How fast and how far can we travel? Fundamental breakthroughs in propulsion and energy are required for interstellar travel to be feasible. To overcome the formidable time-distance barrier for travel between stars, robust leaps in theory and engineering for energy production, control and storage must occur, as well as the advancement and demonstration of propulsion techniques.

Track Co-Chair: Eric W. Davis, PhD Track Co-Chair: Hakeem Oluseyi, PhD

Featured Papers

Thermonuclear Operation Space Lift

Friedwardt Winterberg, PhD

University of Nevada, Reno

The Magnetic Reconnection Rocket: Advanced Ion Propulsion Inspired by Solar Particle Acceleration

David Chesney, PhD; Hakeem Oluseyi, PhD;  Norton Brice Orange, PhD; Dave Valletta

Florida Institute of Technology

Industrial Production of Antimatter in the Van Allen Belts

Sumontro Sinha


Fermion Re-Inflation of a Schwarzschild Kugelblitz

Jeffrey Lee

Crescent School/Baylor University/XP4

Novel Method to Store Charged Antimatter particles for Interstellar Propulsion

Marc Weber, PhD; Kelvin Lynn, PhD; Alireza Narimannezhad, Joshah Jennings, Chandrasekar Minnal

Washington State University


Sending and receiving information by interstellar travelers or robotic vehicles requires development new methods to traverse the vast emptiness between stars. Additionally, in the absence of routine and timely communication with Earth, a probe or traveler must be self-sufficient in gathering, generating, compiling, storing, analyzing and retrieving data while ensuring these systems are operational over the lifetime of the mission and beyond.

Track Chair: Ron Cole

Featured Papers

Interstellar Links Created by Two Focal Spacecrafts

Claudio Maccone, PhD

International Academy of Astronautics

Loading, Please Wait: Long-Distance Crisis Communications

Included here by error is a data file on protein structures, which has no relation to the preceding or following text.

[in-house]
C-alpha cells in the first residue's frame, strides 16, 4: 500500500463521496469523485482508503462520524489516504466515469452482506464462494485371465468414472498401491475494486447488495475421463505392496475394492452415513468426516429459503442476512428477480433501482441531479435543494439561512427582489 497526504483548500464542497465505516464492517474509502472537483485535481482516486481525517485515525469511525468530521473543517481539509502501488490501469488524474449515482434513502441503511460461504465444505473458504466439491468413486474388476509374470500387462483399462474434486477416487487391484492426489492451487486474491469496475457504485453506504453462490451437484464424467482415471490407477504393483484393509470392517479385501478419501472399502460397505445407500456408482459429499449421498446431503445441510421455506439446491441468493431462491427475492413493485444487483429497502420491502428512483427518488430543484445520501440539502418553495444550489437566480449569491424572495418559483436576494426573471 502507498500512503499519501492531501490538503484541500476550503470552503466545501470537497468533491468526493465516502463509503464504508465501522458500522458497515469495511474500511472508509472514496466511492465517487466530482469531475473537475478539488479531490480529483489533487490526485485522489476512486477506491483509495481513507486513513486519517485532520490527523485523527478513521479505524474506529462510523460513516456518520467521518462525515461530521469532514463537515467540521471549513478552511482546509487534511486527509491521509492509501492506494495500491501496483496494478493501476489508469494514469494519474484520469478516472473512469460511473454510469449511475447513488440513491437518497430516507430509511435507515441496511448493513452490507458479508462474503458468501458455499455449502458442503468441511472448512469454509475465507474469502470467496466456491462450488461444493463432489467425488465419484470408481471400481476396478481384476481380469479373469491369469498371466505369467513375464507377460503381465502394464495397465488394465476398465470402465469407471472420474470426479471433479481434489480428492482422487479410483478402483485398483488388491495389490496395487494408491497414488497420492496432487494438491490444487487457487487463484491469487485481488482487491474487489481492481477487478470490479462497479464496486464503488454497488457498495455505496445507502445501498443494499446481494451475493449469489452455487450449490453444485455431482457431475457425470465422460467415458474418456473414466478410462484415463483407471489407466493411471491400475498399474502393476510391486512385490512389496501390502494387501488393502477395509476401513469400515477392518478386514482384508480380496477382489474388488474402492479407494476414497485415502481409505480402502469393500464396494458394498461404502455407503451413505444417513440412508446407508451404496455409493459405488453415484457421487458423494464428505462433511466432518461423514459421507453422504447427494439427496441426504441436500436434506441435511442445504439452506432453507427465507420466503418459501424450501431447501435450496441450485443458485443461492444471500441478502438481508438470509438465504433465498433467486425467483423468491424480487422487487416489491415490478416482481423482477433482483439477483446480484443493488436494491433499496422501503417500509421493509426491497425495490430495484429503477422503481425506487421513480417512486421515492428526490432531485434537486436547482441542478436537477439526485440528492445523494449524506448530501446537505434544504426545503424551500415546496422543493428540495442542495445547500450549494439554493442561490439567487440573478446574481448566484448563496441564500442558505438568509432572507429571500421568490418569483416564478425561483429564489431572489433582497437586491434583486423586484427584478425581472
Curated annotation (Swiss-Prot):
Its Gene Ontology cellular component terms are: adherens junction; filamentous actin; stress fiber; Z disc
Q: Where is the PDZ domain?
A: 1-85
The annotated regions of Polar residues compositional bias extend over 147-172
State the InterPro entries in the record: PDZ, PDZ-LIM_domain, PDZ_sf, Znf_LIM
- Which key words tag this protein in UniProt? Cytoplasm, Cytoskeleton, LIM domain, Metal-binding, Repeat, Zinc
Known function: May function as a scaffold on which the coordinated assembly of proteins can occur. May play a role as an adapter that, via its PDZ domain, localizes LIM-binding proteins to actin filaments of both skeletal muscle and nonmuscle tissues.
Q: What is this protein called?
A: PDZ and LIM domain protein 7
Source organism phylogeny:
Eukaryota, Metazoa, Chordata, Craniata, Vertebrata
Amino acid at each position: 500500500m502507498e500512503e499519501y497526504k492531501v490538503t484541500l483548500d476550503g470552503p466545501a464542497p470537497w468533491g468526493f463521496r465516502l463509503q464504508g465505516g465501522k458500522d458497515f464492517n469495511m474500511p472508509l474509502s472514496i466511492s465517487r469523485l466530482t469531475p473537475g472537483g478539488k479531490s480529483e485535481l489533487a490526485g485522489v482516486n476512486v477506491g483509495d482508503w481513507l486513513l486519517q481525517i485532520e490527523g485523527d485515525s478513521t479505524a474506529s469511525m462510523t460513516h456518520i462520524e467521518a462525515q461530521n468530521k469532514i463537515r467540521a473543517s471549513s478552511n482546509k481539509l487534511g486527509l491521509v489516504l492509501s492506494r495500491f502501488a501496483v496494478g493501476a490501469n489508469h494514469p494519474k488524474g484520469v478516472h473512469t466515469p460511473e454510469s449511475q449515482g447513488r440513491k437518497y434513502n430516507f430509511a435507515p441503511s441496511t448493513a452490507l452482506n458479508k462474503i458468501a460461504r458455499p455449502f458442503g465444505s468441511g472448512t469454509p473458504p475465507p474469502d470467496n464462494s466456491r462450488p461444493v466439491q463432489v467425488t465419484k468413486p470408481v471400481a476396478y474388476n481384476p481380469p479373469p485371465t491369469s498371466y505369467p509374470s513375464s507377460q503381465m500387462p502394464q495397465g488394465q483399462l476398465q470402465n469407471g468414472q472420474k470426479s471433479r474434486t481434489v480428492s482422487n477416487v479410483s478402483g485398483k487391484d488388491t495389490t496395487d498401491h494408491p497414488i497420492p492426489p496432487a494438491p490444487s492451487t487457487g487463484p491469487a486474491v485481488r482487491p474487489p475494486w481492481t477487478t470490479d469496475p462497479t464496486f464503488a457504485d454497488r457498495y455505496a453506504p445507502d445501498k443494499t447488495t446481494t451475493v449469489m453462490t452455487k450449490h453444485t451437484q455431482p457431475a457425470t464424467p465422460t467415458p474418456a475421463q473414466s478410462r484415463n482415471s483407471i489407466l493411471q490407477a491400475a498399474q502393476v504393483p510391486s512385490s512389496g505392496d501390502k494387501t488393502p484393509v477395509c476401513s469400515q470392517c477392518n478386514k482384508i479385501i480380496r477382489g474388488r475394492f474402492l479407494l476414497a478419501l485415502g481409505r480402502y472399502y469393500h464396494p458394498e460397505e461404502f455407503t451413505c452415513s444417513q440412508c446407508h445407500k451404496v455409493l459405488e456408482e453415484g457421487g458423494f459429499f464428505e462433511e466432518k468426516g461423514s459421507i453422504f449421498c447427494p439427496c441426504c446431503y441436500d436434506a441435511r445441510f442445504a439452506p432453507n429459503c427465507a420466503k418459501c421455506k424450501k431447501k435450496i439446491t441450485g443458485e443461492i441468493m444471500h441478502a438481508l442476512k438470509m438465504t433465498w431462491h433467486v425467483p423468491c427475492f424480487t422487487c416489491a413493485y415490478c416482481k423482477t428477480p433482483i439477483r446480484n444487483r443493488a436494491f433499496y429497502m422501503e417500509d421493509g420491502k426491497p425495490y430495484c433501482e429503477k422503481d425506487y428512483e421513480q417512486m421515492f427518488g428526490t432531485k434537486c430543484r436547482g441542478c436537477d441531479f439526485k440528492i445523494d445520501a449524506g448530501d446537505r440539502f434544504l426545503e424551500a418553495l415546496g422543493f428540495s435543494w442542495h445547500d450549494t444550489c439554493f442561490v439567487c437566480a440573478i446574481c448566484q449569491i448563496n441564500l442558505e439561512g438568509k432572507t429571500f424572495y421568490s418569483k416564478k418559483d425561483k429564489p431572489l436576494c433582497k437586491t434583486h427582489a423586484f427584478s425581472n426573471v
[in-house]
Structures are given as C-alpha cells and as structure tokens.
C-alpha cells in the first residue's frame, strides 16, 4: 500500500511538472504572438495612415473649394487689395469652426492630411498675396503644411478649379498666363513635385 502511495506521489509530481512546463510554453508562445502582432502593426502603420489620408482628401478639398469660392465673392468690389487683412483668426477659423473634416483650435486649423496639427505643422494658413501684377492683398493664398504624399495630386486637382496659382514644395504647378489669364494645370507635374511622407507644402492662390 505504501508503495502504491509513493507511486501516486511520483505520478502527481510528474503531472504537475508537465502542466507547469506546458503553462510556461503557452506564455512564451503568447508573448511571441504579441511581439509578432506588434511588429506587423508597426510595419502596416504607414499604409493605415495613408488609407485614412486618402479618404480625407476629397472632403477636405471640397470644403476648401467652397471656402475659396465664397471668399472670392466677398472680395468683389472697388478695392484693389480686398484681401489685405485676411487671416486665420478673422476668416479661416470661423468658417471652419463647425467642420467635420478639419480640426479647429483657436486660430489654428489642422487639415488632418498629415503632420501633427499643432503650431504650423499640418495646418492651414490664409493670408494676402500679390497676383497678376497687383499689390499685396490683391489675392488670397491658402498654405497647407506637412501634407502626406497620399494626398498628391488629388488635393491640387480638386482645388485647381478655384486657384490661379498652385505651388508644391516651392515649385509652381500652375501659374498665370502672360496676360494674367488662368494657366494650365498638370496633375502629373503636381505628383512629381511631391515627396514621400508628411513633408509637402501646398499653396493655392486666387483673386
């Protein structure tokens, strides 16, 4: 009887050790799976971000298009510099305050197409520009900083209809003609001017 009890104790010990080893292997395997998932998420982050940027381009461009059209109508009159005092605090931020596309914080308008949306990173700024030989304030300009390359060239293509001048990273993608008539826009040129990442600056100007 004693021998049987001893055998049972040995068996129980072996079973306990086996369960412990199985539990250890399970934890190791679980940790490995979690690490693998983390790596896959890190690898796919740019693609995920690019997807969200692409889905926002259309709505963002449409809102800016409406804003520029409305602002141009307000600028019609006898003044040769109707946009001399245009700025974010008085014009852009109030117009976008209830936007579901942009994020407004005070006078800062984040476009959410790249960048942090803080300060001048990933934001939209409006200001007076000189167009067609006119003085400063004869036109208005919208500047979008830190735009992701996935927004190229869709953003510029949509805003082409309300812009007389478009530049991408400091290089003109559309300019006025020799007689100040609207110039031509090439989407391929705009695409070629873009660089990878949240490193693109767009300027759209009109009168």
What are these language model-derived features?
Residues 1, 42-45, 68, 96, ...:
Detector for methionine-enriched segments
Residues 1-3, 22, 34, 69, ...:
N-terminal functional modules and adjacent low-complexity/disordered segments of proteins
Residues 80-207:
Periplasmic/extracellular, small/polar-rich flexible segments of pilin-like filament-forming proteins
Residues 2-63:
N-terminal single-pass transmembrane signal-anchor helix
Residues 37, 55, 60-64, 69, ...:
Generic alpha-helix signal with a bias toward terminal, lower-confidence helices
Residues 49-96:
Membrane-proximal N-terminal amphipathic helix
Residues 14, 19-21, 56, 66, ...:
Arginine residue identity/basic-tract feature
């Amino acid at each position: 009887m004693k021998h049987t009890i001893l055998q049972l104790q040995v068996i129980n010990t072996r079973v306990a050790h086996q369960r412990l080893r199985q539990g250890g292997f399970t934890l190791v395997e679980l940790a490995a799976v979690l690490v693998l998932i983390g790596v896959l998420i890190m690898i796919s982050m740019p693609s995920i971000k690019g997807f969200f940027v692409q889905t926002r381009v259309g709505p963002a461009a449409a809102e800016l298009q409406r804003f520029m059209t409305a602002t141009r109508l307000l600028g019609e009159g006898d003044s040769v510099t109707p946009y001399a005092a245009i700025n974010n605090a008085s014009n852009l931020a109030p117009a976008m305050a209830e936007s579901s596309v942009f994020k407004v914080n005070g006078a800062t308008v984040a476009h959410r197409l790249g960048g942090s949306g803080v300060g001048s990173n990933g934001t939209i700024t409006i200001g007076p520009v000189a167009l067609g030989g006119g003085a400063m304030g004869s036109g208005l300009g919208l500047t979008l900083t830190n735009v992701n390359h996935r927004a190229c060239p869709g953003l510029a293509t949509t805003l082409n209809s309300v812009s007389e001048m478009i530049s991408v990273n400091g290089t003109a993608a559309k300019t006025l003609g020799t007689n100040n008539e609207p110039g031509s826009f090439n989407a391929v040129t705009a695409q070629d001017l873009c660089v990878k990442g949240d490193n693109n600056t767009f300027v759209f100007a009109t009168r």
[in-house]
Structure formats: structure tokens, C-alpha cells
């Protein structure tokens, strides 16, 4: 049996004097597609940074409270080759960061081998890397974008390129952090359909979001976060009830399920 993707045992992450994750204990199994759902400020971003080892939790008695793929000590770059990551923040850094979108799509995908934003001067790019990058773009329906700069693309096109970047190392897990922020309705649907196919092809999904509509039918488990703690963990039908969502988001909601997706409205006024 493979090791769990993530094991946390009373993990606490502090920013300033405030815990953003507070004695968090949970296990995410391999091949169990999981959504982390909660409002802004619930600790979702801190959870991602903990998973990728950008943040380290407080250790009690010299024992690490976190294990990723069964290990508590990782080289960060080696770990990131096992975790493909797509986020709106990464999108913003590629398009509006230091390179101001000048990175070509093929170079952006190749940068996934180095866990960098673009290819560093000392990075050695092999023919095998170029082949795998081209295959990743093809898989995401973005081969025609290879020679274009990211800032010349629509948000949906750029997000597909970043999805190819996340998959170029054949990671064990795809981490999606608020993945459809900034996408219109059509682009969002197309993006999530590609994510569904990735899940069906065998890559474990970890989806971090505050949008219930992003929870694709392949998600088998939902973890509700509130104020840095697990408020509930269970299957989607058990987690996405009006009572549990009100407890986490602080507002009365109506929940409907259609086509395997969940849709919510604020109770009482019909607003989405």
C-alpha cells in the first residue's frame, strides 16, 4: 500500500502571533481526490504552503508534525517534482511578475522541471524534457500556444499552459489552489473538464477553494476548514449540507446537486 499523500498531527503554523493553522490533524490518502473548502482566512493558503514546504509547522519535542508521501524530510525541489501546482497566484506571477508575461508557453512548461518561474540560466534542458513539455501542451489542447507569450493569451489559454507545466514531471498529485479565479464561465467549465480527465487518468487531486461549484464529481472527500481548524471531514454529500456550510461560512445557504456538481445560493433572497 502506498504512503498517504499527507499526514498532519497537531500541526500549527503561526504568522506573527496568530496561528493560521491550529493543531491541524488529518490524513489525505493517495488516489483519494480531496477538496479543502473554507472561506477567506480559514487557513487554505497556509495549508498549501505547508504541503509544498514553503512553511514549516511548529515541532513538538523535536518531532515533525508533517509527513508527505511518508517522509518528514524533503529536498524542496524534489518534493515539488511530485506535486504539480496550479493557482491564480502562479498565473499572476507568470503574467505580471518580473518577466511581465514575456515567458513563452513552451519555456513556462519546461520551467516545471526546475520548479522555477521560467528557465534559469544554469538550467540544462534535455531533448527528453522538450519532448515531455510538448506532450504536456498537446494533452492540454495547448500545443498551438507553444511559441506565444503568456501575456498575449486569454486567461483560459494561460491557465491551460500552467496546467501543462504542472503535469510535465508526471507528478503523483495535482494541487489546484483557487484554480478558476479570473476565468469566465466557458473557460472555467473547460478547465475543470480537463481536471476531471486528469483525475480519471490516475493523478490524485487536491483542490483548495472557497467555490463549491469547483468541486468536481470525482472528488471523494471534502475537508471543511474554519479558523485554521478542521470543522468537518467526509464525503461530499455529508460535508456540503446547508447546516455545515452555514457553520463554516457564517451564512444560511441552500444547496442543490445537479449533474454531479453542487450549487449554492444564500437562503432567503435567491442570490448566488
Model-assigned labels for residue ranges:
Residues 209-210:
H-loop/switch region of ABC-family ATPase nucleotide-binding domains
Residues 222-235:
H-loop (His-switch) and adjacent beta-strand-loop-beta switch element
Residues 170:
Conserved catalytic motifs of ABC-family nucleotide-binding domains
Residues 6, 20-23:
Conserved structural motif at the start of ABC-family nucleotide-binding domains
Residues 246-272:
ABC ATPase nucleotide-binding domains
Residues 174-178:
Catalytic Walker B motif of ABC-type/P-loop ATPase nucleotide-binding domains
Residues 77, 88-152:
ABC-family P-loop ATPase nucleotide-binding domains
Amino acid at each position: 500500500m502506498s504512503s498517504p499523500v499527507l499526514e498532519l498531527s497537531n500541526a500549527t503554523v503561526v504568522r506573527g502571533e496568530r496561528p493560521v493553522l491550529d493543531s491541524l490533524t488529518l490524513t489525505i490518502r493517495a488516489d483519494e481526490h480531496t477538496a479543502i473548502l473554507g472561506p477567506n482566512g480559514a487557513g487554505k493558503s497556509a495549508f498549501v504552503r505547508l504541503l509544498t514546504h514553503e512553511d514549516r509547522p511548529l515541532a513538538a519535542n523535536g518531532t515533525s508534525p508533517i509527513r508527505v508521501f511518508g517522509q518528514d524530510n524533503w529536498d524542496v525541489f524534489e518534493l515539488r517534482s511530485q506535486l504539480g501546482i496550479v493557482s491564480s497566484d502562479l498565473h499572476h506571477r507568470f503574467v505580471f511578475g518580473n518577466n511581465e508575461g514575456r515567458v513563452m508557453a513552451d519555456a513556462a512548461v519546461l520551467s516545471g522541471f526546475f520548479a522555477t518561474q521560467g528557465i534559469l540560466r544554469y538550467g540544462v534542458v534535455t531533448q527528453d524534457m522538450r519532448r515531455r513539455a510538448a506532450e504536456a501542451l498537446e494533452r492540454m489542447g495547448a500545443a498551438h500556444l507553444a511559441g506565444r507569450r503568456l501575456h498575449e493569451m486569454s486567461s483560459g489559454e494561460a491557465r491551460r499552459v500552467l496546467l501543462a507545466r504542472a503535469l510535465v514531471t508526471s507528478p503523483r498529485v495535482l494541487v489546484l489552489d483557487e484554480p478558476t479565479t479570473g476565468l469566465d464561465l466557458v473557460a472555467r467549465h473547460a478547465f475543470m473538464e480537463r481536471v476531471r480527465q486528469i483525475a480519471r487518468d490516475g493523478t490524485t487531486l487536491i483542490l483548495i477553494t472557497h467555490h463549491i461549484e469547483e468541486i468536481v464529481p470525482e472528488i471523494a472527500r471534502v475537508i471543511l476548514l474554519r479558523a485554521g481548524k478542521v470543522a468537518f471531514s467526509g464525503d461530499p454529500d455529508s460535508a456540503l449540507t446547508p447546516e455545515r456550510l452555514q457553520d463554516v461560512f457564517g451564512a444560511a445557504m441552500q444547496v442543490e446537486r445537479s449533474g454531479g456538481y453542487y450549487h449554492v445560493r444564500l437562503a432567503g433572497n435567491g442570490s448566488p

Jaym Gates



Design for interstellar probes and crewed vehicles must address the unique characteristics and extreme environment of interstellar space. The equipment, structures, tools, materials, buildings, furniture, cleaning and maintenance processes, clothing-the accouterments of life and work-surround and create an environment. This environment protects, nourishes and facilitates daily activities. For most living things, their environment must fulfill many physical needs and for higher order creatures, physical, mental and emotional requirements need be met as well. Understanding, optimizing and manufacturing design to make these aspects of daily activities sustainable are critical for any hope of successful interstellar flight-with a living crew or robotic probes.

Track Chair: Karl Aspelund, PhD

Featured Papers

In Space No One Can Hear You Deal: An Analysis of Options for the Organization of Economic Activity on Generational Ships and Exploration of Potential Impacts of Alternative Resource Management Materials

Victoria Adams, PhD; Cenk Tunasar; Mark Gerner; Walter Jansen

Booz Allen Hamilton

Life Support for a Multigenerational Starship

Harry Jones, PhD


Military Planning for Interstellar Flight